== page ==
Wednesday, June 24, 2015
Last night was a fun, goofy sort of evening at the rehearsal when everything that's usually fast went a little slower and everything usually slow got kicked up a notch or two. Like this one. Now, the first song that Michelle Lewis ever sang in public with The Flood was "Moonglow." That was about a decade ago at a gig up in the mountains of Snowshoe, West Virginia, in Pocahontas County. For that show, as we recall, we played the great old jazz standard in the traditional way, a slow, sweet ballad. But last night… well, last night "Moonglow" had gotten several shots of caffeine by the end of the evening and was pulling into the fast lane.
Wednesday, June 17, 2015
One of the wonderful things about the folk tradition in music is that you learn so much from people you know, from relatives sometimes, but more often -- at least for folks in our generation -- from good friends. For Dave Peyton and me, long before we formed The Flood, one of those oh-so-important friends was Terry Goller, a remarkable singer and guitar player who taught our whole community about folk music. Terry was on several local popular radio shows, was often teaching guitar at music shops and performing at parties and at local folk venues -- quite busy, but he always had time show us a few licks and to tell us the history of the tunes he was playing. Terry died more than 30 years ago, but he's still often on our minds. In fact, one of the songs we're working on these days tracing back directly to Terry. The first time I ever heard Eric Andersen's "Dusty Boxcar Walls," it was being sung by Terry and his buddy Dave Bias in the late 1960s at a coffeehouse near Marshall University where they were both students. Thinking of you, Terry.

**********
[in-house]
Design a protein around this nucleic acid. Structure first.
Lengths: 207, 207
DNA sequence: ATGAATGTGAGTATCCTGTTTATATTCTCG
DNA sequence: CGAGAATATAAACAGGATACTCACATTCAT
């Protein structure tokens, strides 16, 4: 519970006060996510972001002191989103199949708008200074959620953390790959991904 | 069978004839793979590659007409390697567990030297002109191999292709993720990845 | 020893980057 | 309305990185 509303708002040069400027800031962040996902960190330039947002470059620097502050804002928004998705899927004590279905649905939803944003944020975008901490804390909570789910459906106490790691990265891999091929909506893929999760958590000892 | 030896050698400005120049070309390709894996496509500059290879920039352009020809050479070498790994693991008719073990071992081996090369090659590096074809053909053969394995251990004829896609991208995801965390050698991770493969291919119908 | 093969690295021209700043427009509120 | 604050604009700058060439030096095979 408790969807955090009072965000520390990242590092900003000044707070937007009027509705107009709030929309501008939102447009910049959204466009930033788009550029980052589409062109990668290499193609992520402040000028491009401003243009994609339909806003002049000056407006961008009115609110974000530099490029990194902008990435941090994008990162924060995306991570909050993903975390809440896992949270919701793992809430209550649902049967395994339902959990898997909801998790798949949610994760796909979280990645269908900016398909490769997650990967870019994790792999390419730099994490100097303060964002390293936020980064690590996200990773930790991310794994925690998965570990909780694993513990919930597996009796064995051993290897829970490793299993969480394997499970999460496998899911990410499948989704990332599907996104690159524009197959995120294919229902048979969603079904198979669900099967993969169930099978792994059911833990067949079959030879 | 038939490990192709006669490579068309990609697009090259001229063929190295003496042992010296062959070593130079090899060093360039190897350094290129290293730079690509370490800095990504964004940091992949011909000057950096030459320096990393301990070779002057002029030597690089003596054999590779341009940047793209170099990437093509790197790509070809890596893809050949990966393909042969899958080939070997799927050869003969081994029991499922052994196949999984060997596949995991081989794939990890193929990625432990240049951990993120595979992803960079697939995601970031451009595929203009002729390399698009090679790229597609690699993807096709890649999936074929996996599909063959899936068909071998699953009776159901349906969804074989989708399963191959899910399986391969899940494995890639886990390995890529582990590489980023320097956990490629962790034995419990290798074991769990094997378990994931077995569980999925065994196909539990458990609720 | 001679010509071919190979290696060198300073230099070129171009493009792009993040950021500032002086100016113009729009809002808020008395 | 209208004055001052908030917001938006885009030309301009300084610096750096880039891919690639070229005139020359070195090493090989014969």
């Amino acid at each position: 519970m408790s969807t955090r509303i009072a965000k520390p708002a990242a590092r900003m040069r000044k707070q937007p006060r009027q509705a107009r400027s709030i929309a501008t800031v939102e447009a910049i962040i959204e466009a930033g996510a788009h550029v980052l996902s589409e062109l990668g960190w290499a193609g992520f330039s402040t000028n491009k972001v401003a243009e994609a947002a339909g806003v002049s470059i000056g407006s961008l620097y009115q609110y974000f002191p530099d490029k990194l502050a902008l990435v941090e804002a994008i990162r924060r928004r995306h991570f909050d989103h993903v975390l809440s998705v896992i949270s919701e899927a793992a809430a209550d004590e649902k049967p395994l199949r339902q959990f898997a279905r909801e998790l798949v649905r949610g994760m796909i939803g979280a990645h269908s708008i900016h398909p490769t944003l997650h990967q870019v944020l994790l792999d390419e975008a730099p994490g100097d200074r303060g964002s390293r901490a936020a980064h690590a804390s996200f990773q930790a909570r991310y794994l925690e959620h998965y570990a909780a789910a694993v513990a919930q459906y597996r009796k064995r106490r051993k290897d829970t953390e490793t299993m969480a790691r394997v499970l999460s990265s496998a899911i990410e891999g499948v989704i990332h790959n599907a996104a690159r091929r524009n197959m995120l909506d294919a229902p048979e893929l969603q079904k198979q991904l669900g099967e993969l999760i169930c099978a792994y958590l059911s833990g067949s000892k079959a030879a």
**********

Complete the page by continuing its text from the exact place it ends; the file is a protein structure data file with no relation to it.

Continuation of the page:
Wednesday, June 10, 2015
Last night was the first rehearsal we'd had since we learned of the death of the great Kentucky singer/songwriter Jean Ritchie. Some of the first songs The Flood ever played when the band came together in the mid-1970s were Jean Ritchie songs. And the older members of the band still talk about being at folk festivals at which she was the star attraction. In fact, some of us even remember sitting in Nancy McClellan's living room in the late 1960s and listening to Jean tell stories about her early days when she was a young girl who had made her way from Viper, Kentucky, to New York City as the folk music boom was just getting started. So, last night, it seemed fitting to end the evening with our favorite Jean Ritchie composition.
Wednesday, June 3, 2015
Well, there was a hole in this week, because we didn't have a rehearsal last night. Everybody was just sort of busy after last weekend's gig. It's always a bit disappointing when we don't get our weekly Flood fix. But this does give us an opportunity to think back on the fine time we had at The V Club last month, and we thought you might like to hear a little from our night as guests of the wonderful Huntington Blues Society. Now, the quality of the recording is not the greatest, of course, but it does capture some of the fun of that rowdy evening in downtown Huntington.